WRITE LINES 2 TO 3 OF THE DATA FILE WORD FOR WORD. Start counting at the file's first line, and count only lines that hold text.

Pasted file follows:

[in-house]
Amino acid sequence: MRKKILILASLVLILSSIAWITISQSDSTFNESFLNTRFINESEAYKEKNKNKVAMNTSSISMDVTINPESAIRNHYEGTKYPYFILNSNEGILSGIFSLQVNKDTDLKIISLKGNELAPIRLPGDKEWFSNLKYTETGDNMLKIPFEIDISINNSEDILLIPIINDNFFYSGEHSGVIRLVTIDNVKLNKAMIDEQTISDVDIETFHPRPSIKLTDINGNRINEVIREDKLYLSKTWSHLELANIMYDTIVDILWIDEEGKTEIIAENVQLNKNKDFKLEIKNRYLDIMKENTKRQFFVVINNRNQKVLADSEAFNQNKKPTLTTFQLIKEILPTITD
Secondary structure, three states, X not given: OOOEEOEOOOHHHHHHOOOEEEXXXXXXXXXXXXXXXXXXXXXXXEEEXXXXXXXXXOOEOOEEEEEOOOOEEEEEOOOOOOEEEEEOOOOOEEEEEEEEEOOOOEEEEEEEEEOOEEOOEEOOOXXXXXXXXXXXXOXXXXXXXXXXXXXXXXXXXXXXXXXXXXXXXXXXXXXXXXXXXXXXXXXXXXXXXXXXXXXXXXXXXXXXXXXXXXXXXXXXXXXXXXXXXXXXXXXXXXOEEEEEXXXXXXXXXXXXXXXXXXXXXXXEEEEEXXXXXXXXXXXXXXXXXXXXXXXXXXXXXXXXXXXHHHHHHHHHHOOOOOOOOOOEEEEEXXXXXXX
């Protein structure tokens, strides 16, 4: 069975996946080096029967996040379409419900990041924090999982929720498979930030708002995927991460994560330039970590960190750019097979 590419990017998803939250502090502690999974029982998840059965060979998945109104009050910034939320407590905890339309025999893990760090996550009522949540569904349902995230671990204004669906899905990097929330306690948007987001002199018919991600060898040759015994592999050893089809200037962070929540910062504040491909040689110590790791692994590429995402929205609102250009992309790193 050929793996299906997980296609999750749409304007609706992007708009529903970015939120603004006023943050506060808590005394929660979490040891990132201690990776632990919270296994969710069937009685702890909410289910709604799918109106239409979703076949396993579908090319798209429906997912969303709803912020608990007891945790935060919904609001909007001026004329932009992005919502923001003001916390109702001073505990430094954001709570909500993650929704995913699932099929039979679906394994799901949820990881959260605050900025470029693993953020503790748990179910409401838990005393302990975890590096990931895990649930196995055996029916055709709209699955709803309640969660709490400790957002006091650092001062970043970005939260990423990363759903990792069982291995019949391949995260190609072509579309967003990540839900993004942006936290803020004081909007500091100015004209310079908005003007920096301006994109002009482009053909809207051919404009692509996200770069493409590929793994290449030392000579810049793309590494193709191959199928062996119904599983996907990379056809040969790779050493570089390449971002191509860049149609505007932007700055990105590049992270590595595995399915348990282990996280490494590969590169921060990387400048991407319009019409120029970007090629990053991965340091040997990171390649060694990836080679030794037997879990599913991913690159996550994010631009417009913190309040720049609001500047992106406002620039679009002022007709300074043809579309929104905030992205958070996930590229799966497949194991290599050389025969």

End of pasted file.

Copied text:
Amino acid sequence: MRKKILILASLVLILSSIAWITISQSDSTFNESFLNTRFINESEAYKEKNKNKVAMNTSSISMDVTINPESAIRNHYEGTKYPYFILNSNEGILSGIFSLQVNKDTDLKIISLKGNELAPIRLPGDKEWFSNLKYTETGDNMLKIPFEIDISINNSEDILLIPIINDNFFYSGEHSGVIRLVTIDNVKLNKAMIDEQTISDVDIETFHPRPSIKLTDINGNRINEVIREDKLYLSKTWSHLELANIMYDTIVDILWIDEEGKTEIIAENVQLNKNKDFKLEIKNRYLDIMKENTKRQFFVVINNRNQKVLADSEAFNQNKKPTLTTFQLIKEILPTITD
Secondary structure, three states, X not given: OOOEEOEOOOHHHHHHOOOEEEXXXXXXXXXXXXXXXXXXXXXXXEEEXXXXXXXXXOOEOOEEEEEOOOOEEEEEOOOOOOEEEEEOOOOOEEEEEEEEEOOOOEEEEEEEEEOOEEOOEEOOOXXXXXXXXXXXXOXXXXXXXXXXXXXXXXXXXXXXXXXXXXXXXXXXXXXXXXXXXXXXXXXXXXXXXXXXXXXXXXXXXXXXXXXXXXXXXXXXXXXXXXXXXXXXXXXXXXOEEEEEXXXXXXXXXXXXXXXXXXXXXXXEEEEEXXXXXXXXXXXXXXXXXXXXXXXXXXXXXXXXXXXHHHHHHHHHHOOOOOOOOOOEEEEEXXXXXXX